Rural women are responsible for the lion's share of the decline. Unlike in most countries, Chinese women have a higher suicide rate than Chinese men do and in rural areas women may be two to five times more likely to kill themselves than in cities.
What changed? In short, globalisation and labour market opportunities. The Economistpublished a graph showing how the dramatic decline in suicide coincided with more Chinese leaving rural areas to seek urban employment. They used data from Tsinghua University. I have updated the graph with more recent data below.
As more Chinese have left farms in the countryside to work in factory cities, the suicide rate has plummeted. This may be shocking to many people in rich countries. That is because many people who enjoy post-industrial prosperity worry about “sweatshop” conditions and exploitation in factories. They may also have an idealised opinion of rural peasant life, while a dark view of factory life popularised by Karl Marx is still surprisingly popular.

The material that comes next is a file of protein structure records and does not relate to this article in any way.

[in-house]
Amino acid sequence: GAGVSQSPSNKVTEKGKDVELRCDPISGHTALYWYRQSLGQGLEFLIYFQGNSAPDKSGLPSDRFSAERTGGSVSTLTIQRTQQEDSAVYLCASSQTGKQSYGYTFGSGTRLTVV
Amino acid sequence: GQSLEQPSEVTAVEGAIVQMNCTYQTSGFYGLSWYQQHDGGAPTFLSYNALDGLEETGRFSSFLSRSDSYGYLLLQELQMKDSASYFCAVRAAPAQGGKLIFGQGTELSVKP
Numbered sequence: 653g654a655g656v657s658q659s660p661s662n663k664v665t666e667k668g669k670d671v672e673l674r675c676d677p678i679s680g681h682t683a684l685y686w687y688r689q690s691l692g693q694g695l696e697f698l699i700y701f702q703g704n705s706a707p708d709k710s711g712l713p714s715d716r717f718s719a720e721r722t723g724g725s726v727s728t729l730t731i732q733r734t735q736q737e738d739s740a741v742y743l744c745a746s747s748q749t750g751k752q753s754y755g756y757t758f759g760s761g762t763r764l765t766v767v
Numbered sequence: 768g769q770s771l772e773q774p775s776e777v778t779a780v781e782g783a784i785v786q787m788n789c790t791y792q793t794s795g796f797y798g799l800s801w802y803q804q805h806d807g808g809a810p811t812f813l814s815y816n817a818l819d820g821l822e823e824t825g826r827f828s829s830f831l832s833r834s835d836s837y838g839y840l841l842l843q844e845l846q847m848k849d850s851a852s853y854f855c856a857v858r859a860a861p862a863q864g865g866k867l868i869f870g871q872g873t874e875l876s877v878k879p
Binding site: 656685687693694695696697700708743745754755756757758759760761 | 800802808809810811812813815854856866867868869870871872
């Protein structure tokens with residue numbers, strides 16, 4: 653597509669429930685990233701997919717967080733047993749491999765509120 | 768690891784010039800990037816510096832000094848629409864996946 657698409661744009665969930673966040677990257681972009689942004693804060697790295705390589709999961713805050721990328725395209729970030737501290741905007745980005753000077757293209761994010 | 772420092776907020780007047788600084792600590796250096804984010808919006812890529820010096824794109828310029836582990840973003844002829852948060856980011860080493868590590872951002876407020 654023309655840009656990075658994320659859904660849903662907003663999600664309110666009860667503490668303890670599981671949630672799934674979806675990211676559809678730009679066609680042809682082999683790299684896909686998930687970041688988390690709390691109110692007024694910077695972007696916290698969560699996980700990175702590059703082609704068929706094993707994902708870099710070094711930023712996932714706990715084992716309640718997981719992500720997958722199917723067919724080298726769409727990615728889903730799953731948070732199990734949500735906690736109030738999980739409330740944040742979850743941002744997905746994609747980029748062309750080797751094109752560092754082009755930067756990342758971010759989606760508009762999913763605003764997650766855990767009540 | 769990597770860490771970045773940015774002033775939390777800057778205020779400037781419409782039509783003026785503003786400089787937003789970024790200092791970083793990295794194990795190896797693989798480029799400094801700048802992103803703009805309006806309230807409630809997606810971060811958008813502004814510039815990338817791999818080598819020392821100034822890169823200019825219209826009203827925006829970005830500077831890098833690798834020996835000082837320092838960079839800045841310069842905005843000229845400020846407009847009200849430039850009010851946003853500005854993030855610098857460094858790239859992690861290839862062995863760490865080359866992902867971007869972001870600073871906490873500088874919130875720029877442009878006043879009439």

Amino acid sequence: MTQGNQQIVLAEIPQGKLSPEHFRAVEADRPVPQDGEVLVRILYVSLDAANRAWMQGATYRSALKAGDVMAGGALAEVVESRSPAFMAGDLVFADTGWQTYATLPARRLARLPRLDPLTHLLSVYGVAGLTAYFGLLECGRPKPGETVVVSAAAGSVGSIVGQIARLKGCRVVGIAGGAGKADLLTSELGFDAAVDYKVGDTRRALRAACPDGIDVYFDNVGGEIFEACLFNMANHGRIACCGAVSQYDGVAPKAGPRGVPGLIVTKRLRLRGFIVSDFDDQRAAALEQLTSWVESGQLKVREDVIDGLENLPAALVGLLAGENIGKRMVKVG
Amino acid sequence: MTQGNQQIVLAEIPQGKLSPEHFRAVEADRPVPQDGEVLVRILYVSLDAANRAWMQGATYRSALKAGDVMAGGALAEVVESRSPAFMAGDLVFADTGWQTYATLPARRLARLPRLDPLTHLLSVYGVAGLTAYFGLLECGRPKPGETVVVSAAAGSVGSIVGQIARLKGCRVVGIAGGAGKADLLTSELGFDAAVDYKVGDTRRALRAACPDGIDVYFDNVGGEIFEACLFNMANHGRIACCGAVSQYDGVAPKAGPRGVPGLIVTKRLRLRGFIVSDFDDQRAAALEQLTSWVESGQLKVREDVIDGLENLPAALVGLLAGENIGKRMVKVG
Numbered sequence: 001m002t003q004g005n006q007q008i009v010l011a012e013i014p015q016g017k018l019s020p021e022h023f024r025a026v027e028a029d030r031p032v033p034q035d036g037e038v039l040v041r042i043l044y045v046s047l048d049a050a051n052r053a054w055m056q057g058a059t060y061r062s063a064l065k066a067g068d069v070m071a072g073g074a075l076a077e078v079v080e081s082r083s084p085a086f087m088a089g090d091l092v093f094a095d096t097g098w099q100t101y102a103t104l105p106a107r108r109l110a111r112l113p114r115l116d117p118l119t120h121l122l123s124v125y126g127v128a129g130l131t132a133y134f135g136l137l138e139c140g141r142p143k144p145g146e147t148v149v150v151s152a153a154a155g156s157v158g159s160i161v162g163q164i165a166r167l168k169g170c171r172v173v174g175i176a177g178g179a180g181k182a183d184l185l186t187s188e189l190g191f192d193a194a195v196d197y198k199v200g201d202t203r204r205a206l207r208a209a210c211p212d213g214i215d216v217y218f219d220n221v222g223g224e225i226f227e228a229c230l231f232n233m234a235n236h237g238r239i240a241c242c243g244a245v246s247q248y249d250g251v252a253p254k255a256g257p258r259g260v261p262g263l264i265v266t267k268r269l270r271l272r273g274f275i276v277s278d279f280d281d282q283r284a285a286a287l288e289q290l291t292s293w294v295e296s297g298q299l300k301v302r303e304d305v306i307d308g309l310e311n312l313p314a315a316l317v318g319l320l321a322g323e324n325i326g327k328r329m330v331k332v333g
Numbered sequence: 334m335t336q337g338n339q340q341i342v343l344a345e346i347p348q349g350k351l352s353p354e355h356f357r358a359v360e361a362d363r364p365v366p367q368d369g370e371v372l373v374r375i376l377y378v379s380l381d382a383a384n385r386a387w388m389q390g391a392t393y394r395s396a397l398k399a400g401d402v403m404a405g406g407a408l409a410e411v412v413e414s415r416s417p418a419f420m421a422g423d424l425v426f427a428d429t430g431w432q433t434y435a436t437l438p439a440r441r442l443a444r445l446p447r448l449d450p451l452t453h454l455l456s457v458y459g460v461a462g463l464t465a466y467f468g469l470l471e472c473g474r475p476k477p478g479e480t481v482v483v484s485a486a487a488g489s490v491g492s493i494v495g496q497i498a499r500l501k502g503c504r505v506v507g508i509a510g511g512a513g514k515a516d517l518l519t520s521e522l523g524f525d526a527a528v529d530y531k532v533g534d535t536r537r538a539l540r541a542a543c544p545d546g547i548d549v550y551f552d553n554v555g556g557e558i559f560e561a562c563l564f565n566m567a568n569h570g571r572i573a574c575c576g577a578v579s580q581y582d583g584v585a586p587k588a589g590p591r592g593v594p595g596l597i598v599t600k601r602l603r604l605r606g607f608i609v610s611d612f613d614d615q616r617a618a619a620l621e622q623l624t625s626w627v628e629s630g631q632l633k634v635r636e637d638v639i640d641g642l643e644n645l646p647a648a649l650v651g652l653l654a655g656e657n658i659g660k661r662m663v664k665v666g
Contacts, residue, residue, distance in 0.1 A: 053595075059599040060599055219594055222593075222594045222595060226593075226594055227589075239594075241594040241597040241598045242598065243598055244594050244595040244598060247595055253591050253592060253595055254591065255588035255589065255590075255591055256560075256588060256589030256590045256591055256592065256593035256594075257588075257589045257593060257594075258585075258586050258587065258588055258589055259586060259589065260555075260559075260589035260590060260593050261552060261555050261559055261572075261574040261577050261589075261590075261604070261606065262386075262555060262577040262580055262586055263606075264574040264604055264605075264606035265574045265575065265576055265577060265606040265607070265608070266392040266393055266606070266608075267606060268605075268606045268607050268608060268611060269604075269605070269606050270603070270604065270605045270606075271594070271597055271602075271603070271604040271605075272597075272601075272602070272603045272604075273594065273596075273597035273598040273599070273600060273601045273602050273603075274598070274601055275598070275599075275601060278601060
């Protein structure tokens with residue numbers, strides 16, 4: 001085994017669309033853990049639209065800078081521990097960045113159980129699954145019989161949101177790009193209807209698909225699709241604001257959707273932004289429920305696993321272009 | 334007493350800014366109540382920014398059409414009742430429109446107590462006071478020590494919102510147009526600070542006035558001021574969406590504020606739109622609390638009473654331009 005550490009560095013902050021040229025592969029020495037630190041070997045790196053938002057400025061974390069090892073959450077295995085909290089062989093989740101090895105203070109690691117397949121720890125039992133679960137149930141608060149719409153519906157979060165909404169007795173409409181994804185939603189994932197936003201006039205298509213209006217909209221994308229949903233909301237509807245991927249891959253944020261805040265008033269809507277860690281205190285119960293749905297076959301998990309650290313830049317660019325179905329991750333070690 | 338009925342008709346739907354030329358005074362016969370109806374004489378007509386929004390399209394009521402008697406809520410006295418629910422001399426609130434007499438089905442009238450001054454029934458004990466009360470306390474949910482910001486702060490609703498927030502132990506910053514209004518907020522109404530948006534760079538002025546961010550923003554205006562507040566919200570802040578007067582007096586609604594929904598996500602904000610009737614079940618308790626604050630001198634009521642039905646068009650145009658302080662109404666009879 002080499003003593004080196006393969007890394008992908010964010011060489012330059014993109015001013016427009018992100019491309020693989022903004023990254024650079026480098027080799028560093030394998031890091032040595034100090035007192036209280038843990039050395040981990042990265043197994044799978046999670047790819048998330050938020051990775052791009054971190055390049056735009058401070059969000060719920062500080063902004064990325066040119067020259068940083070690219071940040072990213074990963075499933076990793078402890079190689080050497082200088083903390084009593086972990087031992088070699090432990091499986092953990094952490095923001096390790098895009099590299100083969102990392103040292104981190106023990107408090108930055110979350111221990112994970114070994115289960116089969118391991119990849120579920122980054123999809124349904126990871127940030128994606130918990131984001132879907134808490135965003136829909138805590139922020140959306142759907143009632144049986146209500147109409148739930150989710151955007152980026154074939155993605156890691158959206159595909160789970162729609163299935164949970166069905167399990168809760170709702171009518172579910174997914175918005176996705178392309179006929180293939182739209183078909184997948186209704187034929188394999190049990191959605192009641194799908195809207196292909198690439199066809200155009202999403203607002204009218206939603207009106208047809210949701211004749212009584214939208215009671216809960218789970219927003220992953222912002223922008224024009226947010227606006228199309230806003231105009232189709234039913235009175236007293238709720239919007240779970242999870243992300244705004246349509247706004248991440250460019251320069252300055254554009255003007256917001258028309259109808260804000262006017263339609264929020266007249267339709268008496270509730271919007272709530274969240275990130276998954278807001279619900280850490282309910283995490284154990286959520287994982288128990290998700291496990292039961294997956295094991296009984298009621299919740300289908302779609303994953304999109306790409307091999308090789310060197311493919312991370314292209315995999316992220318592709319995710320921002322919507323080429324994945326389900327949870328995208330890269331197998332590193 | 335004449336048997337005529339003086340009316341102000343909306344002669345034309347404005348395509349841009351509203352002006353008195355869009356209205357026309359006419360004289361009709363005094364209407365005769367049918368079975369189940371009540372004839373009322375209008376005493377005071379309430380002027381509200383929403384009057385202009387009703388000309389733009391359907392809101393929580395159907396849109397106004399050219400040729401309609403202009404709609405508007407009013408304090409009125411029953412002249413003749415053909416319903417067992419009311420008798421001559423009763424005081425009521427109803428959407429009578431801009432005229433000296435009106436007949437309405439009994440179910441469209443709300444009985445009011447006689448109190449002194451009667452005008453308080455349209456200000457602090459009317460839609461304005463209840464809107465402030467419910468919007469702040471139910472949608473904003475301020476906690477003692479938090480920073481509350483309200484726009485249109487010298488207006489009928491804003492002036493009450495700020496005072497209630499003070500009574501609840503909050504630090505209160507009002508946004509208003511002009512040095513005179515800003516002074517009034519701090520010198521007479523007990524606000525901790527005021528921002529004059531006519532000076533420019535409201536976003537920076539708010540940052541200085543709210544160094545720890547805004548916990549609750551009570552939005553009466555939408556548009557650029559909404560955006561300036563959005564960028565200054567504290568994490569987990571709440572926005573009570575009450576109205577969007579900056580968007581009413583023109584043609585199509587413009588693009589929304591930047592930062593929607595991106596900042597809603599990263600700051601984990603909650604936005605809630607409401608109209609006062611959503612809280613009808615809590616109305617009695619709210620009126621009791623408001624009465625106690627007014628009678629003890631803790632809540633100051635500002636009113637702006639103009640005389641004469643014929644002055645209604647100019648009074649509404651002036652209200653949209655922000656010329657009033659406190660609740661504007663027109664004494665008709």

Marx thought that factory work was worse than farming because workers would be alienated from the product of their labour and exploited. Philosophy professor Nancy Holmstrom of Rutgers University shares his outlook. “The lives of subsistence peasants may be limited, but materially adequate and stable,” she claims. She believes that factory work has made workers worse off.
The fact that rural Chinese commit suicide at higher rates than urban Chinese would suggest otherwise. So would the fact of China’s dramatic decline in suicide as more and more rural Chinese choose to work in cities.